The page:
Welcome to DU! The truly grassroots left-of-center political community where regular people, not algorithms, drive the discussions and set the standards. Join the community: Create a free account Support DU (and get rid of ads!): Become a Star Member Latest Breaking News General Discussion The DU Lounge All Forums Issue Forums Culture Forums Alliance Forums Region Forums Support Forums Help & Search

sandensea

(22,117 posts)
Sun Sep 24, 2017, 05:40 PM Sep 2017

Eight Lessons from Germany's Elections

Angela Merkel is back for a fourth term, the Social Democrats are wounded and a right-wing populist party has been elected to parliament for the first time in decades.

First: The right-wing populist Alternative for Germany (AfD) is the third-strongest political party in the country and will be taking seats in the German parliament, the Bundestag.

It marks the first time since the early days of postwar Germany that a far-right party will be represented in the Bundestag. That will have consequences in the form of clashes, provocations and scandalous rhetoric.

Second: Chancellor Angela Merkel's conservatives (the CDU and its Bavarian sister party, the CSU) have suffered significant losses; but Merkel has still been returned to the Chancellery for a fourth term.

Creating a governing coalition this time around will be complicated. The Social Democrats (SPD) no longer want to be part of a grand coalition with Merkel's conservatives, which leaves Merkel with only a single option: a coalition with the Green Party and the business-friendly Free Democrats (FDP).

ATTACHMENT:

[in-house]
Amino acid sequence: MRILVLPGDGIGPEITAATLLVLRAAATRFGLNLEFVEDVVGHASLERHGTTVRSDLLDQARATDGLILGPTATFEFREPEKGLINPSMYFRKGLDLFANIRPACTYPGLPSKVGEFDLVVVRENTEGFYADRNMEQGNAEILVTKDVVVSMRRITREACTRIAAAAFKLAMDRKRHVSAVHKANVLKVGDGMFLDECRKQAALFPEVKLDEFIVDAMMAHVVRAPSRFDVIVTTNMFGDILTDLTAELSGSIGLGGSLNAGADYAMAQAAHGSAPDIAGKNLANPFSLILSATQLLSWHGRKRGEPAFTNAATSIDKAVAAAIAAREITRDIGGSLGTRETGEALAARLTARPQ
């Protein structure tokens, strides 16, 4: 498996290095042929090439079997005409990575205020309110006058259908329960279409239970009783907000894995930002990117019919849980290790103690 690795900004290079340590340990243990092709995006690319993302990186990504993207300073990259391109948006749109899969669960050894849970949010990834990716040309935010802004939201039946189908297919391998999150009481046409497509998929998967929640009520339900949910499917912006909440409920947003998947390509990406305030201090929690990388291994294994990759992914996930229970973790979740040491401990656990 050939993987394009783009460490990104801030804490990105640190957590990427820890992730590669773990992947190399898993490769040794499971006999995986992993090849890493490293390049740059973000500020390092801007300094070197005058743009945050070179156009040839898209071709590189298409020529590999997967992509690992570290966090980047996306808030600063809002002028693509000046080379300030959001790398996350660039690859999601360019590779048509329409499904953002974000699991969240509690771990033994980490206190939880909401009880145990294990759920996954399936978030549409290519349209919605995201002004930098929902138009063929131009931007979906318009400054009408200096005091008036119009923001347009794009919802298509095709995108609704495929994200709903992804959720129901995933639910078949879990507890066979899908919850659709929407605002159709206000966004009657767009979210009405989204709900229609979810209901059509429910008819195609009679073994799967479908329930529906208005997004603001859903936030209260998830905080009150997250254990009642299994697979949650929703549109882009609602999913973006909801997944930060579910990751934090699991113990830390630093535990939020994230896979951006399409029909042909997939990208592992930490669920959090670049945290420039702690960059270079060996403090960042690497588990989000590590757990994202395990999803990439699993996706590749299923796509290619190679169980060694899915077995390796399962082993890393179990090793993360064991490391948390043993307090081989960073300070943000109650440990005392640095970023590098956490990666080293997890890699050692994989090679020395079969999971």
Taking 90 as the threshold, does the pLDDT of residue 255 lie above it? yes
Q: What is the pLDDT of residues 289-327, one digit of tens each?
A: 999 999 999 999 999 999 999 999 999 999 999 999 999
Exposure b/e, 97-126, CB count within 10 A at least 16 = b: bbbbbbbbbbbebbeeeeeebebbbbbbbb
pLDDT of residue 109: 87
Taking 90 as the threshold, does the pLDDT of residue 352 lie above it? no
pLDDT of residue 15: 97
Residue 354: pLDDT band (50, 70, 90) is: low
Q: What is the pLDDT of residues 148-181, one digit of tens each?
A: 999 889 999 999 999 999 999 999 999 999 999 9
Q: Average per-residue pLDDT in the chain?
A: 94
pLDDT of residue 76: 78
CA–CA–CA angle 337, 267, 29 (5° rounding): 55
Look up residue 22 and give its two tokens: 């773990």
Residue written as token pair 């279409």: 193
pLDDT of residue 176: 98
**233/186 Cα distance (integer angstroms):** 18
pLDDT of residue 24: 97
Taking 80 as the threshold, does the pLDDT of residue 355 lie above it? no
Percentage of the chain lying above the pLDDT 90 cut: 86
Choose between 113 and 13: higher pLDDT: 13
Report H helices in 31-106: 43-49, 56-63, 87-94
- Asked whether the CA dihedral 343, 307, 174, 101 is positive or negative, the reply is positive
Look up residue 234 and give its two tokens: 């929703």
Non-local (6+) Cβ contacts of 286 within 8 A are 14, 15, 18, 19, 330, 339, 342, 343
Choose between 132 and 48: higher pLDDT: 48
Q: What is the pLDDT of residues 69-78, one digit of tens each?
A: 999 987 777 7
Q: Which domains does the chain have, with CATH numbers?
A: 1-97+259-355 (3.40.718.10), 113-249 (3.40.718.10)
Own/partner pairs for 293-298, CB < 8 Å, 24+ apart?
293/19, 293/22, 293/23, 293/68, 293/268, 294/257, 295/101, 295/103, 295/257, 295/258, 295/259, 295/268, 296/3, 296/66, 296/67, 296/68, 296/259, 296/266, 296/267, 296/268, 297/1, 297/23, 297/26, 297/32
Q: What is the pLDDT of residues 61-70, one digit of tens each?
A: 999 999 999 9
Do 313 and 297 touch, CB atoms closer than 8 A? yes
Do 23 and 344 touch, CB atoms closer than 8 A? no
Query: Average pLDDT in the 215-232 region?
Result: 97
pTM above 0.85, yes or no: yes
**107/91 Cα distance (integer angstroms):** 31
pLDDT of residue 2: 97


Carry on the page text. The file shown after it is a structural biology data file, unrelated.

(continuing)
There are, however, several hurdles to such a constellation: For one, it would include four separate parties, placing a premium on the amount of day-to-day coordination among them. Plus, it remains to be seen if the Greens are interested in joining forces with a suddenly reanimated FDP.

-·-

Eighth: The parliamentary opposition will be polarized between the SPD on the one hand and the AfD on the other - at a time when the governing coalition will likely be one (a "Jamaica" coalition between the CDU/CSU, the FDP, and the Greens) that Germany has never before seen at a federal level.

In the best case, that could be an opportunity for renewal - and when it comes to confronting the AfD, Germany's fundamental values, including freedom and democracy, are at stake.

More at: http://www.spiegel.de/international/germany/angela-merkel-afd-spd-eight-lessons-from-germany-s-elections-a-1169606.html



Chancellor Angela Merkel confers with the runner-up, SPD leader Martin Schulz. Schulz has indicated the SPD will not stay on as junior partners in Merkel's grand coalition, thus forcing her to govern through an as-yet undetermined minority coalition.
Latest Discussions»General Discussion»Eight Lessons from German...